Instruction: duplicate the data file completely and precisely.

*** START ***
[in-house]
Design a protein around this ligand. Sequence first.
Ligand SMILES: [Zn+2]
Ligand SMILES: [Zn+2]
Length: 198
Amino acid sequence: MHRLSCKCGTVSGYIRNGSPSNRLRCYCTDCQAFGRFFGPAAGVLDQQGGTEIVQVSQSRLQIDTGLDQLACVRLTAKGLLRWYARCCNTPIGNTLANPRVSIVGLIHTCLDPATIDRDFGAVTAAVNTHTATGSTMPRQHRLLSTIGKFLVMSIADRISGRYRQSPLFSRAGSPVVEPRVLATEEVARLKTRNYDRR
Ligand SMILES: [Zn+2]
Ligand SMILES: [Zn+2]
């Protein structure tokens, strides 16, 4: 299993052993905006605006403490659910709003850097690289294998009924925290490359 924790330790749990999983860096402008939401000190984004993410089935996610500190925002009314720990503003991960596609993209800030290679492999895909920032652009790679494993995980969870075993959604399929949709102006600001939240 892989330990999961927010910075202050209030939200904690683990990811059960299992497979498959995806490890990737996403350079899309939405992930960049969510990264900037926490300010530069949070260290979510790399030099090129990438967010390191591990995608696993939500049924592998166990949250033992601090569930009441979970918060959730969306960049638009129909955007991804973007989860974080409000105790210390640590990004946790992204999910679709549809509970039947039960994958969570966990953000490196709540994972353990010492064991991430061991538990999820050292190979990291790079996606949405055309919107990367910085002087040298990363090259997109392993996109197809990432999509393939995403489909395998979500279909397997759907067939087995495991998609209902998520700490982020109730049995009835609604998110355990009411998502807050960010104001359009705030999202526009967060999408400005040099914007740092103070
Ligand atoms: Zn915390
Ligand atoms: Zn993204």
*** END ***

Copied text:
[in-house]
Design a protein around this ligand. Sequence first.
Ligand SMILES: [Zn+2]
Ligand SMILES: [Zn+2]
Length: 198
Amino acid sequence: MHRLSCKCGTVSGYIRNGSPSNRLRCYCTDCQAFGRFFGPAAGVLDQQGGTEIVQVSQSRLQIDTGLDQLACVRLTAKGLLRWYARCCNTPIGNTLANPRVSIVGLIHTCLDPATIDRDFGAVTAAVNTHTATGSTMPRQHRLLSTIGKFLVMSIADRISGRYRQSPLFSRAGSPVVEPRVLATEEVARLKTRNYDRR
Ligand SMILES: [Zn+2]
Ligand SMILES: [Zn+2]
């Protein structure tokens, strides 16, 4: 299993052993905006605006403490659910709003850097690289294998009924925290490359 924790330790749990999983860096402008939401000190984004993410089935996610500190925002009314720990503003991960596609993209800030290679492999895909920032652009790679494993995980969870075993959604399929949709102006600001939240 892989330990999961927010910075202050209030939200904690683990990811059960299992497979498959995806490890990737996403350079899309939405992930960049969510990264900037926490300010530069949070260290979510790399030099090129990438967010390191591990995608696993939500049924592998166990949250033992601090569930009441979970918060959730969306960049638009129909955007991804973007989860974080409000105790210390640590990004946790992204999910679709549809509970039947039960994958969570966990953000490196709540994972353990010492064991991430061991538990999820050292190979990291790079996606949405055309919107990367910085002087040298990363090259997109392993996109197809990432999509393939995403489909395998979500279909397997759907067939087995495991998609209902998520700490982020109730049995009835609604998110355990009411998502807050960010104001359009705030999202526009967060999408400005040099914007740092103070
Ligand atoms: Zn915390
Ligand atoms: Zn993204």